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Resources tagged with Visualising similar to Steel Cables:

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Broad Topics > Using, Applying and Reasoning about Mathematics > Visualising

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Steel Cables

Age 14 to 16 Challenge Level:

Some students have been working out the number of strands needed for different sizes of cable. Can you make sense of their solutions?

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Jam

Age 14 to 16 Challenge Level:

A game for 2 players

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Jam

Age 14 to 16 Challenge Level:

To avoid losing think of another very well known game where the patterns of play are similar.

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Mystic Rose

Age 14 to 16 Challenge Level:

Use the animation to help you work out how many lines are needed to draw mystic roses of different sizes.

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Sliding Puzzle

Age 5 to 16 Challenge Level:

The aim of the game is to slide the green square from the top right hand corner to the bottom left hand corner in the least number of moves.

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Triangles Within Pentagons

Age 14 to 16 Challenge Level:

Show that all pentagonal numbers are one third of a triangular number.

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Triangles Within Triangles

Age 14 to 16 Challenge Level:

Can you find a rule which connects consecutive triangular numbers?

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Hypotenuse Lattice Points

Age 14 to 16 Challenge Level:

The triangle OMN has vertices on the axes with whole number co-ordinates. How many points with whole number coordinates are there on the hypotenuse MN?

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Problem Solving, Using and Applying and Functional Mathematics

Age 5 to 18 Challenge Level:

Problem solving is at the heart of the NRICH site. All the problems give learners opportunities to learn, develop or use mathematical concepts and skills. Read here for more information.

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Around and Back

Age 14 to 16 Challenge Level:

A cyclist and a runner start off simultaneously around a race track each going at a constant speed. The cyclist goes all the way around and then catches up with the runner. He then instantly turns. . . .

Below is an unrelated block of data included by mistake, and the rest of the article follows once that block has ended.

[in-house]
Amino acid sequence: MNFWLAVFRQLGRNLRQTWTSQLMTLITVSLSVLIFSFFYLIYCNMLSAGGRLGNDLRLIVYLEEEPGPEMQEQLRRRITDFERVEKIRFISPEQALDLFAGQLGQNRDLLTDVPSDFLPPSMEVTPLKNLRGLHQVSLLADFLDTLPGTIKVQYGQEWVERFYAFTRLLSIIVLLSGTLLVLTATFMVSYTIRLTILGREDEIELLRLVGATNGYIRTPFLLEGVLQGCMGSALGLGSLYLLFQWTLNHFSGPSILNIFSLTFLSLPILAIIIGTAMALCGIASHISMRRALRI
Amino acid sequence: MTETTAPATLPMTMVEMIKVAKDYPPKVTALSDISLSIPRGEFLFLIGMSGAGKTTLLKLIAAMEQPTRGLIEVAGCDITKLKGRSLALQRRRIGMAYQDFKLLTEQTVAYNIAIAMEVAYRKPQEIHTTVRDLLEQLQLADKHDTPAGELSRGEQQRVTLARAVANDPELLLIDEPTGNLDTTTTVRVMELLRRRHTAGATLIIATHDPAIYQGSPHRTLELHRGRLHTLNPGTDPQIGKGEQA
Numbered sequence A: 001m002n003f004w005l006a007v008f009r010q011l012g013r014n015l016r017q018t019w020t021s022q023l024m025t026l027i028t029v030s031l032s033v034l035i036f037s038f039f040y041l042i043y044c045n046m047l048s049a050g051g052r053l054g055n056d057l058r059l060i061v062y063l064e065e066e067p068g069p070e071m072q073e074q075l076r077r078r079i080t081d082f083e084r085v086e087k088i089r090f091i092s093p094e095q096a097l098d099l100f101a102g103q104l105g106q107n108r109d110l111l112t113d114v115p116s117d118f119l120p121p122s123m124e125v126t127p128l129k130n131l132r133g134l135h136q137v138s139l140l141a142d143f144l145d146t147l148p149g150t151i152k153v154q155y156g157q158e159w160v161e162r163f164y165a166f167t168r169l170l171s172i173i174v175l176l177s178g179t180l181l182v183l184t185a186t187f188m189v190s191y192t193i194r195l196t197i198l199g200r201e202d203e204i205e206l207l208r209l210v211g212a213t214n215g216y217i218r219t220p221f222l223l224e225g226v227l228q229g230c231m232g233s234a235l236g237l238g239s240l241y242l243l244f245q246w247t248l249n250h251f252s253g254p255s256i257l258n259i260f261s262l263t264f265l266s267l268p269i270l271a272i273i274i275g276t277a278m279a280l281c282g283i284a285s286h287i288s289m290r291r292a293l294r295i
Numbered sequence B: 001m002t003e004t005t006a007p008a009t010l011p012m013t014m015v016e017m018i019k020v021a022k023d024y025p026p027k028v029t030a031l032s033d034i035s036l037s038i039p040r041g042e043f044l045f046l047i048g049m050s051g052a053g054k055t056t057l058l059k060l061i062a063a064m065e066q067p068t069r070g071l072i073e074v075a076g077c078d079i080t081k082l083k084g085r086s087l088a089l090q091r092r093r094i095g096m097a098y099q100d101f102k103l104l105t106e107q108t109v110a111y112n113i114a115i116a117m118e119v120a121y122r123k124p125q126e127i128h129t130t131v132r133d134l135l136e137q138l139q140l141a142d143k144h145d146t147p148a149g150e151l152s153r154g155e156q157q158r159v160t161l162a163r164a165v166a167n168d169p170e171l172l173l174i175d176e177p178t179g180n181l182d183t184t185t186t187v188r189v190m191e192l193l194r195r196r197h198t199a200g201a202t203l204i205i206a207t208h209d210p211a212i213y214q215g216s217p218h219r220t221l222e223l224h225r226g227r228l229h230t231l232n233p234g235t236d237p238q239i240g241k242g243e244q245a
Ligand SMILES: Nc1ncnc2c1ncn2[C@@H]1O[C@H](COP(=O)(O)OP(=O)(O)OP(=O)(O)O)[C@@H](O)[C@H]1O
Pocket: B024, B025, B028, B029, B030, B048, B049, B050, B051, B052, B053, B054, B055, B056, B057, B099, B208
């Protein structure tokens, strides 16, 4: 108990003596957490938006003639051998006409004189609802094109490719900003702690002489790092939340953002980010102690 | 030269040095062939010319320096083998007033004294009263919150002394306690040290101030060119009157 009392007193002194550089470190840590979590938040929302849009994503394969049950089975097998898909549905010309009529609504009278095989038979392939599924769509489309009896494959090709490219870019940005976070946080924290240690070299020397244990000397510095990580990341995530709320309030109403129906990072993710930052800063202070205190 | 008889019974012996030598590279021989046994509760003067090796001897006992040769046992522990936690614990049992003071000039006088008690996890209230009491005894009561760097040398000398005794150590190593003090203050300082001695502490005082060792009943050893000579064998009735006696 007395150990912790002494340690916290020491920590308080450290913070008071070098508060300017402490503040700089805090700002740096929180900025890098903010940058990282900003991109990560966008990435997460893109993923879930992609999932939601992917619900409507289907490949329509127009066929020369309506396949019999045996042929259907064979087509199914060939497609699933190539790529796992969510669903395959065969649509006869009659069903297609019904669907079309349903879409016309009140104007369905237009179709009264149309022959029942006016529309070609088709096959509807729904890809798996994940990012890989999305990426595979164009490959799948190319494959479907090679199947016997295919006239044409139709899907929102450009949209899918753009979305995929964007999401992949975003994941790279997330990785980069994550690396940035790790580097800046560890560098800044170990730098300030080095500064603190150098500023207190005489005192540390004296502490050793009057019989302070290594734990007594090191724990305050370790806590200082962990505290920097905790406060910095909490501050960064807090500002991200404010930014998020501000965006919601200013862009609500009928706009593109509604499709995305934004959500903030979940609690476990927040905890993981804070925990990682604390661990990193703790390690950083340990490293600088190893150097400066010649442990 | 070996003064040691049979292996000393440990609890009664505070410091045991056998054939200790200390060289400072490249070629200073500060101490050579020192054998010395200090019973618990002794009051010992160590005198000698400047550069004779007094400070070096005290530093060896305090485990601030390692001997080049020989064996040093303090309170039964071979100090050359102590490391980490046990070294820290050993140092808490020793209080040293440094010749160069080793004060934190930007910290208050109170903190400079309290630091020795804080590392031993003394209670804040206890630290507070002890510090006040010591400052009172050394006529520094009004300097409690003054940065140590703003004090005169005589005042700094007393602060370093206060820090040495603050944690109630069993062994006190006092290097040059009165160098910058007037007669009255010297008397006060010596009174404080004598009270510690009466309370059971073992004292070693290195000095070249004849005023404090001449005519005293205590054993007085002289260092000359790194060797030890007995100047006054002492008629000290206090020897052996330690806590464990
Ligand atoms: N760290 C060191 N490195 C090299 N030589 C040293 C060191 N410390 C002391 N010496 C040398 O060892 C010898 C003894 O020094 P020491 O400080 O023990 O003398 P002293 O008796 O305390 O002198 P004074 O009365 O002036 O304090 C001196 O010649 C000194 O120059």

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Triangles Within Squares

Age 14 to 16 Challenge Level:

Can you find a rule which relates triangular numbers to square numbers?

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Building Gnomons

Age 14 to 16 Challenge Level:

Build gnomons that are related to the Fibonacci sequence and try to explain why this is possible.

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Picture Story

Age 11 to 16 Challenge Level:

Can you see how this picture illustrates the formula for the sum of the first six cube numbers?

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Partly Painted Cube

Age 14 to 16 Challenge Level:

Jo made a cube from some smaller cubes, painted some of the faces of the large cube, and then took it apart again. 45 small cubes had no paint on them at all. How many small cubes did Jo use?

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Building Tetrahedra

Age 14 to 16 Challenge Level:

Can you make a tetrahedron whose faces all have the same perimeter?

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AMGM

Age 14 to 16 Challenge Level:

Can you use the diagram to prove the AM-GM inequality?

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The Triangle Game

Age 11 to 16 Challenge Level:

Can you discover whether this is a fair game?

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Cubic Net

Age 14 to 18 Challenge Level:

This is an interactive net of a Rubik's cube. Twists of the 3D cube become mixes of the squares on the 2D net. Have a play and see how many scrambles you can undo!

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One and Three

Age 14 to 16 Challenge Level:

Two motorboats travelling up and down a lake at constant speeds leave opposite ends A and B at the same instant, passing each other, for the first time 600 metres from A, and on their return, 400. . . .

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Proofs with Pictures

Age 14 to 18

Some diagrammatic 'proofs' of algebraic identities and inequalities.

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Just Rolling Round

Age 14 to 16 Challenge Level:

P is a point on the circumference of a circle radius r which rolls, without slipping, inside a circle of radius 2r. What is the locus of P?

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Concrete Wheel

Age 11 to 14 Challenge Level:

A huge wheel is rolling past your window. What do you see?

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There and Back Again

Age 11 to 14 Challenge Level:

Bilbo goes on an adventure, before arriving back home. Using the information given about his journey, can you work out where Bilbo lives?

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Coloured Edges

Age 11 to 14 Challenge Level:

The whole set of tiles is used to make a square. This has a green and blue border. There are no green or blue tiles anywhere in the square except on this border. How many tiles are there in the set?

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Buses

Age 11 to 14 Challenge Level:

A bus route has a total duration of 40 minutes. Every 10 minutes, two buses set out, one from each end. How many buses will one bus meet on its way from one end to the other end?

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Convex Polygons

Age 11 to 14 Challenge Level:

Show that among the interior angles of a convex polygon there cannot be more than three acute angles.